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Tea in its true sense is anything that is made from the Camelia sinensis plant and its sub-varieties. Anything else should be referred to as an infusion or tisane. Colloquially we refer to infusions such peppermint as herbal teas, but the distinction should be made mainly because the natural caffeine content in the tea leaves.
Tea all comes from the same species of plant and the differences in the finished product are governed purely by cultivar, terroir, harvest date and processing method. There are two main ways of cultivating tea: by taking cuttings (knows as clones or clonal tea) or by planting from seed.
Camelia sinesis has several varieties with the two main being var. sinensis and var. assamica. Within these varieties are thousands of cultivars, some of which have been specially developed by particular tea estates for their specific terroir and processing method. For example the AV2 clonal variety is very popular in the Darjeeling region of India.
There are six main types of tea made from Camelia sinensis.
White tea is the least processed form of tea, made only from buds and select leaves of the tea plant. White tea leaves are only able to be plucked at the start of the growing season at the end of winter dormancy. The new growth leaf buds have a white down on them giving white tea its name. Processing consists of only drying and withering the leaves.
Green tea is a processed form of tea, with the leaves withered, then either steamed or pan fried before rolling or shaping. The oxidisation process is halted early on to keep the leaves green and preserve the light, fresh flavours. China has hundreds of cultivars of the tea plant Camellia sinensis, allowing for vast regional variation in flavour and aroma.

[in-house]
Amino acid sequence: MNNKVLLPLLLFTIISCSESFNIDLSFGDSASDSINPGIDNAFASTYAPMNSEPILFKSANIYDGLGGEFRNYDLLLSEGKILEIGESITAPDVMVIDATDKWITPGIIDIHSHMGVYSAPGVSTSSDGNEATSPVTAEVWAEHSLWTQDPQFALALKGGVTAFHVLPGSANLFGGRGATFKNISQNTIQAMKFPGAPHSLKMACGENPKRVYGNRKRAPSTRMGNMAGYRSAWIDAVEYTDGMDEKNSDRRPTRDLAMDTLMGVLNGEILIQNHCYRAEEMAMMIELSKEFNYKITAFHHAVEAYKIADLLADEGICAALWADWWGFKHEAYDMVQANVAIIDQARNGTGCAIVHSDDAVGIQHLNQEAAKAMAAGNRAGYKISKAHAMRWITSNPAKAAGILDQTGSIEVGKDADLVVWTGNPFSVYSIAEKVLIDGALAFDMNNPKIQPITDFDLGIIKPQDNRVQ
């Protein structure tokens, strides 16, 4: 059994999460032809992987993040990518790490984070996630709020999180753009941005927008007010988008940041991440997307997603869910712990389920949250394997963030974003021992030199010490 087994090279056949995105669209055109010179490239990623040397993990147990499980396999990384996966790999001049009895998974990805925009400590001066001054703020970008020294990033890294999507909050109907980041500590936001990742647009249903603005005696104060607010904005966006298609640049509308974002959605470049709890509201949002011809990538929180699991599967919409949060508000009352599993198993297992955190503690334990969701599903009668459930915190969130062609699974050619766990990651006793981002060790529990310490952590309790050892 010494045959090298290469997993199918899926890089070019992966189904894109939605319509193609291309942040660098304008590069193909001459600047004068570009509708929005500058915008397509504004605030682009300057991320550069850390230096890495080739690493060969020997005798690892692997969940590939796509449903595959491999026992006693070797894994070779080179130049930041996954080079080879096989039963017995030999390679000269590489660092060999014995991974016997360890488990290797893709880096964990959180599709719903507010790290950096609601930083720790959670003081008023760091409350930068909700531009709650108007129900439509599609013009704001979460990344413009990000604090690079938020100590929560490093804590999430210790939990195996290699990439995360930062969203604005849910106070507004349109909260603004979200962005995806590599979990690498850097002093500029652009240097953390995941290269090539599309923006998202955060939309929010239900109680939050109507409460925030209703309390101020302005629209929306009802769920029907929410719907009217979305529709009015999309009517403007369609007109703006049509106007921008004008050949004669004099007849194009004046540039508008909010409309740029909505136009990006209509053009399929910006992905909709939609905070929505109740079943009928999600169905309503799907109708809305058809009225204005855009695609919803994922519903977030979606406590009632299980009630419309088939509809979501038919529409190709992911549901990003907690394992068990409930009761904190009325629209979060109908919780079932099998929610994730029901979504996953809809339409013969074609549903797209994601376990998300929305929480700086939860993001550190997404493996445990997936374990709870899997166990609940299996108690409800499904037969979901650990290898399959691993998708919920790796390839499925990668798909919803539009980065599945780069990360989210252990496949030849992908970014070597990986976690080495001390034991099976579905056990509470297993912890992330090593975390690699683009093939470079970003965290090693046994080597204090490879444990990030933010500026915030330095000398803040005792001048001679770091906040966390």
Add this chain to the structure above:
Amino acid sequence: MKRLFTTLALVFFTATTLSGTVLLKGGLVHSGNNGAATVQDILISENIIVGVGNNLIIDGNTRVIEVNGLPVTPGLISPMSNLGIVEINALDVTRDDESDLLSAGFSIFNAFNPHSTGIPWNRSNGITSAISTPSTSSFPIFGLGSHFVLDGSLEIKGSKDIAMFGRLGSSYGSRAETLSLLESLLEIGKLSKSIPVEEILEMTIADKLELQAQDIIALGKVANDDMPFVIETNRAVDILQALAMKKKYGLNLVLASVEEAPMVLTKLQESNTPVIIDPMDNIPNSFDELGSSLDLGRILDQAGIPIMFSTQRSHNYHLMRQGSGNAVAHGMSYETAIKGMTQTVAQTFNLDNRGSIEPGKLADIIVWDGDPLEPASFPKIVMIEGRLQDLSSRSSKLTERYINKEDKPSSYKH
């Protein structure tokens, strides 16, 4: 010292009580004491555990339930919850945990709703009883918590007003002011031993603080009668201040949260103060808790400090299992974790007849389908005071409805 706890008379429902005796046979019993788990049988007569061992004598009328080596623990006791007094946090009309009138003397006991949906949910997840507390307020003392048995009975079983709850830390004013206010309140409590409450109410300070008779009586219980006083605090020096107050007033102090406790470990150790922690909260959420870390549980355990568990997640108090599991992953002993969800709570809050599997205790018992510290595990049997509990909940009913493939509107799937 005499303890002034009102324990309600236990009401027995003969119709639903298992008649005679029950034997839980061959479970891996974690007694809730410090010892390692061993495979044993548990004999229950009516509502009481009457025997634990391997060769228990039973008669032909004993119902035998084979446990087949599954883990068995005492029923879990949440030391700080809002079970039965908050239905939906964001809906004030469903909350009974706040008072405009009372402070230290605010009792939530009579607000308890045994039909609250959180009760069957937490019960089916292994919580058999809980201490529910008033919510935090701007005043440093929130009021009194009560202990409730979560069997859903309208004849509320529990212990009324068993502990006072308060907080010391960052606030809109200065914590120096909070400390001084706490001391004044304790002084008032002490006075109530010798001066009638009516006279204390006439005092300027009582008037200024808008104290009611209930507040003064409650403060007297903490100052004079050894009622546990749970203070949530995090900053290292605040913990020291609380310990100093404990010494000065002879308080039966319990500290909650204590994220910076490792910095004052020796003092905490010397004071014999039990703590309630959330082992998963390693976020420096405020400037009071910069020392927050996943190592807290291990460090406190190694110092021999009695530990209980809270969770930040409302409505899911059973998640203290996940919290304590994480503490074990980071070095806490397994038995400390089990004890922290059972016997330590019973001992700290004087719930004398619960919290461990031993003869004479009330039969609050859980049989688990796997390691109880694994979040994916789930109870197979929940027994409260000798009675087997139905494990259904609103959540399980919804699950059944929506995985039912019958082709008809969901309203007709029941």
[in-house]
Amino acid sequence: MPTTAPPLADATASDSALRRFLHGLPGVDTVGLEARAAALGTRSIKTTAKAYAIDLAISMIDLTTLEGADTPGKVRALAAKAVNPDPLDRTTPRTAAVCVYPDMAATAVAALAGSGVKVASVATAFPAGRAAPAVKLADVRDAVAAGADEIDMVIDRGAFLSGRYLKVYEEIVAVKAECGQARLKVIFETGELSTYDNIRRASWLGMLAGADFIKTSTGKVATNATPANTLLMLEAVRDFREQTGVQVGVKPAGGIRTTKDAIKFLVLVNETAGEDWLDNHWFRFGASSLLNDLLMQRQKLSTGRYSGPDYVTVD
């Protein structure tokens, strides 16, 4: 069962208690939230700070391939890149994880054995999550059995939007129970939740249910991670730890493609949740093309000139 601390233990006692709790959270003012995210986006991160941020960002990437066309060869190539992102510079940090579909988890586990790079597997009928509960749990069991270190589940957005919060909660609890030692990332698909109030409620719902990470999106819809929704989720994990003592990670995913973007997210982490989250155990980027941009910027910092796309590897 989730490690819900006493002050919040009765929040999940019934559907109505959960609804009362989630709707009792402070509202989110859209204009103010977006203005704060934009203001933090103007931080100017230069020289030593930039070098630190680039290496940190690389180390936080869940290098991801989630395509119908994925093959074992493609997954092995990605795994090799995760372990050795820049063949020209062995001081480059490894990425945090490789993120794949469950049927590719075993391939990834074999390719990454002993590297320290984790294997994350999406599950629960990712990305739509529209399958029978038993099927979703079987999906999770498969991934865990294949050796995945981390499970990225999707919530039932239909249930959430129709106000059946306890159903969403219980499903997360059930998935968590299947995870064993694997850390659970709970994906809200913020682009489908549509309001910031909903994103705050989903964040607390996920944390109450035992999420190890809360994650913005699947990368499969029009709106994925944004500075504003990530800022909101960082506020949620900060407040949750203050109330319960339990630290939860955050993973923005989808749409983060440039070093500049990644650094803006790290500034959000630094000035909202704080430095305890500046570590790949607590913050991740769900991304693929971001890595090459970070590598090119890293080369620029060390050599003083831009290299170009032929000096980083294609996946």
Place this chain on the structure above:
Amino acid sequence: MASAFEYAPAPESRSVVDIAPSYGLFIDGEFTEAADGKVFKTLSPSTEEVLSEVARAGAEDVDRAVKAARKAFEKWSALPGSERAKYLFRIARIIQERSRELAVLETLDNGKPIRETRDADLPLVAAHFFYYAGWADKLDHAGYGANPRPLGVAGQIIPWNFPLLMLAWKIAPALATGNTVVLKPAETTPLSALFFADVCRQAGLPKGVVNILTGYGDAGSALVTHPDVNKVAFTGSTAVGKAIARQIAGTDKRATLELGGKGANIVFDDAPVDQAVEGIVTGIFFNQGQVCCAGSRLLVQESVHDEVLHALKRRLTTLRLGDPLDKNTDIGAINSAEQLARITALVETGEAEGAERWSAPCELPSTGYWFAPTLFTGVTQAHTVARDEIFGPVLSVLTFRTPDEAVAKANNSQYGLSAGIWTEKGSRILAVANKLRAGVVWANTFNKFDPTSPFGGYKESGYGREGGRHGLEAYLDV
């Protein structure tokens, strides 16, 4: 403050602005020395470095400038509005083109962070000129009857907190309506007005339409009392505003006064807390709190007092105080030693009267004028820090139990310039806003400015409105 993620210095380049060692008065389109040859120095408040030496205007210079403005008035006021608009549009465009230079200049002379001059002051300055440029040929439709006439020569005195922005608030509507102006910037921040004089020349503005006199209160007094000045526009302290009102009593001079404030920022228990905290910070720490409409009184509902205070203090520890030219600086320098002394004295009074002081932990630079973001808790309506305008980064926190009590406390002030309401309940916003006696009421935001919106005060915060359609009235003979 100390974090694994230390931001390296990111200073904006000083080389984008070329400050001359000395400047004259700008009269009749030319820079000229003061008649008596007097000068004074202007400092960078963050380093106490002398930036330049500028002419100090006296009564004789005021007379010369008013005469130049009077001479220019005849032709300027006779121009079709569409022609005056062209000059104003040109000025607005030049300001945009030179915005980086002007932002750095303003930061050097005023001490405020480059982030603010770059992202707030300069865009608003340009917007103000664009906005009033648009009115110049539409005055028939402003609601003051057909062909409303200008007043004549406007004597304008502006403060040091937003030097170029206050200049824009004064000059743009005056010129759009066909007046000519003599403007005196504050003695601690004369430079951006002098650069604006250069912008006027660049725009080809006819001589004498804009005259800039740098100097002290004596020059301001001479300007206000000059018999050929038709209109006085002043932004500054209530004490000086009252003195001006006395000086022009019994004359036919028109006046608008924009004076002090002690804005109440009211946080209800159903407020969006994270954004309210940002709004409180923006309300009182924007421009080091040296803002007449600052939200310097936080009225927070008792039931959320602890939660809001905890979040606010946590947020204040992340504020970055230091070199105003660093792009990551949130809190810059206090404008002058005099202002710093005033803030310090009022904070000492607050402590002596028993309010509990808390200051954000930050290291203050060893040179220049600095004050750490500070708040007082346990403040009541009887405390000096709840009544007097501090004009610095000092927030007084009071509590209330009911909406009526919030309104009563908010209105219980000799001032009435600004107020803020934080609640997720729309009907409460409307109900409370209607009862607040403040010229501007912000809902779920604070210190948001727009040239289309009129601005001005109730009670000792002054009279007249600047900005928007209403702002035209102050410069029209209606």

Japan produces mainly green teas, known as sencha, which are mainly steamed rather than pan fried.
Yellow tea is the least common type of tea. It is very similar to green tea but the leaves are wrapped in paper and steamed in an extra processing method making the eaves have a slight yellow colour. The steaming slows the oxidation process making the tea more mellow.
Oolong – or wulong – contains many stages in its preparation and comprises a large variety of teas. Infusions range from light green to dark red, depending on how far the tea has been allowed to oxidise and ferment. A general simplification would be to say that oolongs sit somewhere in between green and black teas, though this does not do justice to the array of possible flavours.
Black tea (especially Indian black tea) is the variety most familiar to Western drinkers thanks to its ability to take milk and sugar. Heavily oxidised, it produces a deep red liquor. The range of flavours goes far beyond the well-known breakfast blend, from fruity and delicate, via syrupy and sweet, to rich, smoky, and complex.
Pu Erh comes from Yunnan province and is famous for its fermentation process, like wine its flavour develops with age. Initial processing of the leaves is minimal: leaves are preferably dried in the sun, before being dry roasted in a pan to prevent further oxidation. You will find some Pu Erh teas compressed into cakes or bricks, whilst others remain loose.